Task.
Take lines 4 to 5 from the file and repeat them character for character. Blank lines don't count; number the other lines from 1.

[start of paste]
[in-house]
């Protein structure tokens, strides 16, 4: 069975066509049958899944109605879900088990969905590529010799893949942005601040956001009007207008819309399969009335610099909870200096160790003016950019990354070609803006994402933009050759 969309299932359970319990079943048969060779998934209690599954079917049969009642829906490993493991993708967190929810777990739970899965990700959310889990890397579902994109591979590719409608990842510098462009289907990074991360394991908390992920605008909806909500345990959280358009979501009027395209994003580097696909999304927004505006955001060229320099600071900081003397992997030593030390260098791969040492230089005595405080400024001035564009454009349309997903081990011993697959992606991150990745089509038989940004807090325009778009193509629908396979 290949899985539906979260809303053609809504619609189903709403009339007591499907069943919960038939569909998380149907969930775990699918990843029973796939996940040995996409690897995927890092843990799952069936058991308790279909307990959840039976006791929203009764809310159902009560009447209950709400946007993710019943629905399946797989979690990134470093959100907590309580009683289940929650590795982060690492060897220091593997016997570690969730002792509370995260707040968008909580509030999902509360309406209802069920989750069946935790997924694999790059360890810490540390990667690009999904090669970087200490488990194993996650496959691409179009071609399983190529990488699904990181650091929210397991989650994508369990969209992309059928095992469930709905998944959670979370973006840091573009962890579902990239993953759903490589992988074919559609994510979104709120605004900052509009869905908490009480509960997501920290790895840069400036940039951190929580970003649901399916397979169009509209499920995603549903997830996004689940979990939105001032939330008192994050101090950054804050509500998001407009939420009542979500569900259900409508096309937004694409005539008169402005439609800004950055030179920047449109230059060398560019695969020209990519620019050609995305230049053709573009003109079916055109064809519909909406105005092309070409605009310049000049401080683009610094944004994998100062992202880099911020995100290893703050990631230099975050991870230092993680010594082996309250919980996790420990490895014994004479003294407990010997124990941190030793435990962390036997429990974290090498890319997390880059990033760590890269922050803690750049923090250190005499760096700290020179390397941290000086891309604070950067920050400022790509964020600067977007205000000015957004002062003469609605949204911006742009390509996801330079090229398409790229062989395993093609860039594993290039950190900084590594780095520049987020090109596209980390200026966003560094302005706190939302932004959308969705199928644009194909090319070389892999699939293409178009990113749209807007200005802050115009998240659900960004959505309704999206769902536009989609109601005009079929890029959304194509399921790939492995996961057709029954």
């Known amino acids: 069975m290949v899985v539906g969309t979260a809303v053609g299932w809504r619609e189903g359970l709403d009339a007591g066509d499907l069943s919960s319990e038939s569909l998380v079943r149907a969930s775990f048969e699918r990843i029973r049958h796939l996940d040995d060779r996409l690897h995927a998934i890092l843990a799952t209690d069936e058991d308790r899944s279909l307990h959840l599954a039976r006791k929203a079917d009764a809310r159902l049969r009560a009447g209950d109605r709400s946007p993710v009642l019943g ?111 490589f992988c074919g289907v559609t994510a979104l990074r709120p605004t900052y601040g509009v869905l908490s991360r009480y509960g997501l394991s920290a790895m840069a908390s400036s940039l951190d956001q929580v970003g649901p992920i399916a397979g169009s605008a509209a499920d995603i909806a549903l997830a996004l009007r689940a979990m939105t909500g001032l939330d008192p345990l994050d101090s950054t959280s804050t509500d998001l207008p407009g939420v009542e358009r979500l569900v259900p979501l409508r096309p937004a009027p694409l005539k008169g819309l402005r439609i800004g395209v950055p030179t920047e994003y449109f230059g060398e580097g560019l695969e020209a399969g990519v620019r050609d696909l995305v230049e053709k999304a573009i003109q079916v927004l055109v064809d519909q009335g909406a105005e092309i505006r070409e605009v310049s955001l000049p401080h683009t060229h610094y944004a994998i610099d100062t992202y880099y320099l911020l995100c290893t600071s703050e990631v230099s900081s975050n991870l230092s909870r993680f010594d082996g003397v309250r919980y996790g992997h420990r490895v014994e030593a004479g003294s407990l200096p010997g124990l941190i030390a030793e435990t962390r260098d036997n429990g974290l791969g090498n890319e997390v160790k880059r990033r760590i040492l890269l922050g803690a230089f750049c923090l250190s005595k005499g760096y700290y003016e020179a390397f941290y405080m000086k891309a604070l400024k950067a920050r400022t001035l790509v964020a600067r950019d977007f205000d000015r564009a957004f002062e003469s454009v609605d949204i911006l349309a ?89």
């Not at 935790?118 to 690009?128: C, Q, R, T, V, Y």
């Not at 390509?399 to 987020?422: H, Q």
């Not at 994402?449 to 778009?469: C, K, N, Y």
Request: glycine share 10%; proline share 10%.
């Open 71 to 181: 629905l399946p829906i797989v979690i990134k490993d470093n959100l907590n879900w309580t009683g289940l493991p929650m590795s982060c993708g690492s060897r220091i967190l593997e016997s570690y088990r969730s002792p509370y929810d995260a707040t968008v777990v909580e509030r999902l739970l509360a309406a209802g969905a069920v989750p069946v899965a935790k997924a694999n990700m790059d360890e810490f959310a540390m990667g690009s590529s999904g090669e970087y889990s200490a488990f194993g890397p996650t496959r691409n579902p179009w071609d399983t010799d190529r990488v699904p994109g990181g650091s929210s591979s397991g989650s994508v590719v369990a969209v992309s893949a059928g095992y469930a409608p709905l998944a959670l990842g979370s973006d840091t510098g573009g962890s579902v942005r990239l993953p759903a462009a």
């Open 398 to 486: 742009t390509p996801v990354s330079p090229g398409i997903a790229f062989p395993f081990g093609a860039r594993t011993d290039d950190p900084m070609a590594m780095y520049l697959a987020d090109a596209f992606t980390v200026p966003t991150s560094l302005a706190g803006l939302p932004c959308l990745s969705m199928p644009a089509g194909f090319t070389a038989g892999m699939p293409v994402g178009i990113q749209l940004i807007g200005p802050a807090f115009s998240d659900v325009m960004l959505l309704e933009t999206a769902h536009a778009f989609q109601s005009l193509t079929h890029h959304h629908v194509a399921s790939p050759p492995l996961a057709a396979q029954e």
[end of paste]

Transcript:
């Not at 935790?118 to 690009?128: C, Q, R, T, V, Y």
């Not at 390509?399 to 987020?422: H, Q």